Wants Vs. Needs – How We Rationalize Spending

Wants versus NeedsThis age old debate is a mental and emotional struggle that everyone deals with.  Some deal with it better than others, but there are some that allow it to completely consume them.  Anyone that is trying to get out of debt must get a grip on this debate and find a common ground.  Wants versus needs will always play a role in our purchasing, but we have to learn how to control them in order to make better decisions.  If you are currently looking into starting a debt reduction plan or are on one, then this is something that is very important to learn. Well, figuring out the difference between the two is important for anyone who wants to use their money wisely.

Emotional buyers are the most likely to fall victim to the wants versus needs paradox.  Trust me, I used to be a very emotional buyer. When I was sad, bored, or angry, I would go purchase something. Emotional buyers tend to only use their current state to rationalize a purchase.  This group of people tend to have higher amounts of debt (I could check that one off a few years ago).  I used to be an emotional buyer.  Now, after a long struggle, I have become more rational in my purchase decisions.  This was not an easy task, but it has already saved me thousands of dollars per year.  I now longer buy with my emotions, but use cognitive reasoning to control my spending.  Here is how I break down wants versus needs.

I Really WANT It

We all want something, whether it be the newest iPhone or a new pair of clothing.  Our emotions can easily get the best of us and before you know it, you have just dropped $500 on something that you don’t need.  In my case, it was $10,000 on a Jetski that I “really wanted!” When consumers put their emotions first in the buying cycle, they will try their best to rationalize their purchase.  Consumers will implant the word “Need” into their rationalization in order to make the purchase more appealing.  This act is how we end up getting deeper into debt, or even sometimes getting into debt in the first place.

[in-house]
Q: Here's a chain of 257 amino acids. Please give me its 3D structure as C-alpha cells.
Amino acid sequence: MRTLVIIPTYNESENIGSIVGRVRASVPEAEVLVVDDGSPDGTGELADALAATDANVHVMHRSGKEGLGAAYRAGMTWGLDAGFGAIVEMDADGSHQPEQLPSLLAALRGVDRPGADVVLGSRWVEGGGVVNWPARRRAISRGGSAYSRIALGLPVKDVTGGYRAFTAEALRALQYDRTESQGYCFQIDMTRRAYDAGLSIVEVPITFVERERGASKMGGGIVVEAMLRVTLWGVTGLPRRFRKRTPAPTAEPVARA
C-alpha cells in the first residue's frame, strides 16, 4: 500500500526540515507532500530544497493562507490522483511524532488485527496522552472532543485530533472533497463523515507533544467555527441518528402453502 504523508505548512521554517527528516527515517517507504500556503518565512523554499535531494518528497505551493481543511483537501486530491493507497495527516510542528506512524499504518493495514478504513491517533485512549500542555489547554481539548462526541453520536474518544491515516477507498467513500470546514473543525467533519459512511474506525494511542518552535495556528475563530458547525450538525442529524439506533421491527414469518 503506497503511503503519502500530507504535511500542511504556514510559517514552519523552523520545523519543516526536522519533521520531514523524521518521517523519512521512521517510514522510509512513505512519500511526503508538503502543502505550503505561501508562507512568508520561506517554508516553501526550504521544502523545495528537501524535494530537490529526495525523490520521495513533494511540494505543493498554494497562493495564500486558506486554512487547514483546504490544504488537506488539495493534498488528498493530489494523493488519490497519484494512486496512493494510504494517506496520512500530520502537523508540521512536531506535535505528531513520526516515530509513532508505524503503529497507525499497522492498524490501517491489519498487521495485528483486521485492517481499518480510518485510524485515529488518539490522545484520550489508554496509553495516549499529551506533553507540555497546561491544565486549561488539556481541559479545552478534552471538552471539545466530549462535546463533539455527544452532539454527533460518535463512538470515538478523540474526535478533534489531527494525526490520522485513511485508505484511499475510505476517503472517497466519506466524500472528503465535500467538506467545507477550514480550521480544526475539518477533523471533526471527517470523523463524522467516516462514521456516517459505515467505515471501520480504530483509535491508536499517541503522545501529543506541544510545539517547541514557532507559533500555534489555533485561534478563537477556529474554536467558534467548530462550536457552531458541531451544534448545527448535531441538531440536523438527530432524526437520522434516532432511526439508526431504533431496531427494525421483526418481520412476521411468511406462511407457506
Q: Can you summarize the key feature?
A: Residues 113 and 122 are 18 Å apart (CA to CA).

If you use place this word into your spending rationale, then try out the “sleep on it” purchase method. I have used this for a past couple of years and it works really well. Basically, you get excited about a purchase, but instead of just going through with it, you stop, drop it, and go back and sleep on it. Try to go for a few days or even a week before you make the purchase. This method works really well for me.

The best way to counteract this predicament is to figure out what your actual needs are.  Here are the basic human needs:

  1. Food
  2. Water
  3. Shelter
  4. Clothing

Now, we can expand these to dive deeper into each category, but these are still the basic needs for survival.  Everything else is typically classified as a want.  Using the word “want” is to help satisfy our emotions and keep our rationale intact.  Our issue as a society breaks down into how well advertising makes us feel that we “need” something, thus parting us from our hard-earned money. Apple does a really good job of this. People love their products and many feel they “need” the next iPhone, no matter if they just purchased one.

Think of wants versus needs in this manner. We all probably need some form of transportation to get around. What we want might be totally different. Yes, I may want the cool BMW to drive around in, but I don’t need it. We need a base model, but we want a luxury model.

If you want to see the wants vs. needs in action, just do some people watching at a mall or a place like that. You will hear people rationalizing their desire to purchase a product. We do this with house purchases as well. My wife and I actually moved into a house that is smaller than our last one. We didn’t need a large house, though we wanted one. Yes, we need shelter, but we want specific amenities. Just listen to a Realtor when they meet you for the first time when buying a home. “What do you need in a house?”  That answer is simple. We need four walls, a floor, a roof, and a door. The rest are wants.